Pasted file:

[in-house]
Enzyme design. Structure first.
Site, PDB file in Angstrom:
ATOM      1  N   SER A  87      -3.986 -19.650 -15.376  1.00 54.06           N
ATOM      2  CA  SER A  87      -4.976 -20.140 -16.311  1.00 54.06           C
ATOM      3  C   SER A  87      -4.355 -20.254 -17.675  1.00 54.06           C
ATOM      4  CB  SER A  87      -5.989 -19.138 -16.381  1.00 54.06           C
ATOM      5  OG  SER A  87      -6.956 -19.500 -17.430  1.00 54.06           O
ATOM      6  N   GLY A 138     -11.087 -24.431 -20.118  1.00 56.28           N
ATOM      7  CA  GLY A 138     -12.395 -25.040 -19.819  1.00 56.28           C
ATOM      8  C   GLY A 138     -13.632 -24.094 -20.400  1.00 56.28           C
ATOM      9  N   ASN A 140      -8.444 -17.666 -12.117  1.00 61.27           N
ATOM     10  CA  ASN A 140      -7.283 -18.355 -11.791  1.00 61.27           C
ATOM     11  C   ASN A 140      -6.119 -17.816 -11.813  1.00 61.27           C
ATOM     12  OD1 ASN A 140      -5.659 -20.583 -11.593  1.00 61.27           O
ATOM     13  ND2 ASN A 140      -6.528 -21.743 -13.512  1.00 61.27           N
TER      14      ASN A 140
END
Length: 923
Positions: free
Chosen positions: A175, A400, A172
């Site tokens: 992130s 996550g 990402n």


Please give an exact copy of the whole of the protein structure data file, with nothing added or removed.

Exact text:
[in-house]
Enzyme design. Structure first.
Site, PDB file in Angstrom:
ATOM      1  N   SER A  87      -3.986 -19.650 -15.376  1.00 54.06           N
ATOM      2  CA  SER A  87      -4.976 -20.140 -16.311  1.00 54.06           C
ATOM      3  C   SER A  87      -4.355 -20.254 -17.675  1.00 54.06           C
ATOM      4  CB  SER A  87      -5.989 -19.138 -16.381  1.00 54.06           C
ATOM      5  OG  SER A  87      -6.956 -19.500 -17.430  1.00 54.06           O
ATOM      6  N   GLY A 138     -11.087 -24.431 -20.118  1.00 56.28           N
ATOM      7  CA  GLY A 138     -12.395 -25.040 -19.819  1.00 56.28           C
ATOM      8  C   GLY A 138     -13.632 -24.094 -20.400  1.00 56.28           C
ATOM      9  N   ASN A 140      -8.444 -17.666 -12.117  1.00 61.27           N
ATOM     10  CA  ASN A 140      -7.283 -18.355 -11.791  1.00 61.27           C
ATOM     11  C   ASN A 140      -6.119 -17.816 -11.813  1.00 61.27           C
ATOM     12  OD1 ASN A 140      -5.659 -20.583 -11.593  1.00 61.27           O
ATOM     13  ND2 ASN A 140      -6.528 -21.743 -13.512  1.00 61.27           N
TER      14      ASN A 140
END
Length: 923
Positions: free
Chosen positions: A175, A400, A172
């Site tokens: 992130s 996550g 990402n």